Propane Barbecue Tank Pressure Explained
The gas or propane barbecue has replaced the charcoal burner as the most popular BBQ device in the US. Although a propane barbecue cannot give the smoky flavor familiar to users of charcoal, it has many advantages, including the lack of ash and clean up required by charcoal barbecues. It is also ‘on tap’, so the heat is more easily regulated than with a charcoal burner system.
Propane Barbecue Pressure
Propane is kept in a tank under a great deal of pressure. This arrangement is often referred to as a “barbecue tank”. These are cylindrical tanks that have a narrow bottom rim (which sometimes causes the tank to ‘roll over’ from time to time). As the barbecue uses the propane gas, the pressure dissipates within the tank, sometimes resulting in the flame taking a longer time to light as the pressure lessens.
Not all propane tanks come with a fuel gauge, but there is one handy tip to finding out how much pressure is left in the tank. Before turning the gas on, pour boiling water over one edge of the tank (not the hose end). As the hot water touches the side, it will get chilled and may even produce a frost on the outside of the tank where propane is. You can then reach down and examine the difference in temperature, being careful not to burn yourself on the hot metal.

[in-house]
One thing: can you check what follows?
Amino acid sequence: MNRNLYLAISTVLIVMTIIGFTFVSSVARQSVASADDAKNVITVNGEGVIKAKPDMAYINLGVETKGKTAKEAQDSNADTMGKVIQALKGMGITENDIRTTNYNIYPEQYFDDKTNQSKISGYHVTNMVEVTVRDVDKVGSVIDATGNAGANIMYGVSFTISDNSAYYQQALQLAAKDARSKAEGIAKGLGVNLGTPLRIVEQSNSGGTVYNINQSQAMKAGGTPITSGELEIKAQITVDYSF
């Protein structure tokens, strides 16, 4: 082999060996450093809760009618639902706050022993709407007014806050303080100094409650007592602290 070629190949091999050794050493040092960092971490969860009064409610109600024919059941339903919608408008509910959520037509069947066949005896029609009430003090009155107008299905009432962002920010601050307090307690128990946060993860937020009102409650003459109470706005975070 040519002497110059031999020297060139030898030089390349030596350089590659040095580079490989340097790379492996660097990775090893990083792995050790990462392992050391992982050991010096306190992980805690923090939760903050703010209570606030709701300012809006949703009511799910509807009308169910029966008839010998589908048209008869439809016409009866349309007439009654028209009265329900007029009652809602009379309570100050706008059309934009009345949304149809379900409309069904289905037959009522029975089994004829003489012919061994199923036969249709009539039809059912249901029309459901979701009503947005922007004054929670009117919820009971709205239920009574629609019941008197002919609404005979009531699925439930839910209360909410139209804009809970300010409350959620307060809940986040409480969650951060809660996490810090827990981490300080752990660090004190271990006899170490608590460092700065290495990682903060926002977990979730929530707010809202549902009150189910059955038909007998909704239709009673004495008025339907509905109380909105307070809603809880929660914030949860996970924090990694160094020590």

It is possible to buy pressure gauges, so that you can tell how much the pressure is in the tank before use. The pressure in a propane tank is measured using PSI. A high pressure reading is nearer to 1psi. The lower the psi number, the higher the pressure in the tank. High pressure PSI tanks require a small nozzle in order to limit the amount of gas released at one point, while low pressure PSI tanks can handle a larger nozzle, although care should still be taken.
The propane barbecue can use a high-pressure propane delivery system, which requires a high-pressure regulator. This can vary from between 10 and 60 psi (the pressure measurement). Or, you can have a low-pressure delivery system (for propane barbecues up to 50,000 btu). The latter should be used only with natural gas or propane that is piped in through house pipes or which has been set up to be used in an RV.
Most propane barbecue sets require a high-pressure regulator. The highest are most suited for outdoor cookers where a greater flow of gas is needed than normal (these regulators are adjustable between 0-60 psi).
Testing for Leaks
It is important to test the propane tank regularly for leakage. Gas under pressure can quickly turn a small hole into an explosion.
1. Firstly, put all burner controls into the ‘off’ position.
2. Then connect the gas supply before opening the gas valve.
3. Spray a solution of soap and water on to all connection points, and look for bubbles – these indicate leaks in the system.
4. If any are found, immediately turn off all gas valves. Then, either tighten the leaking points or replace the propane tank fittings.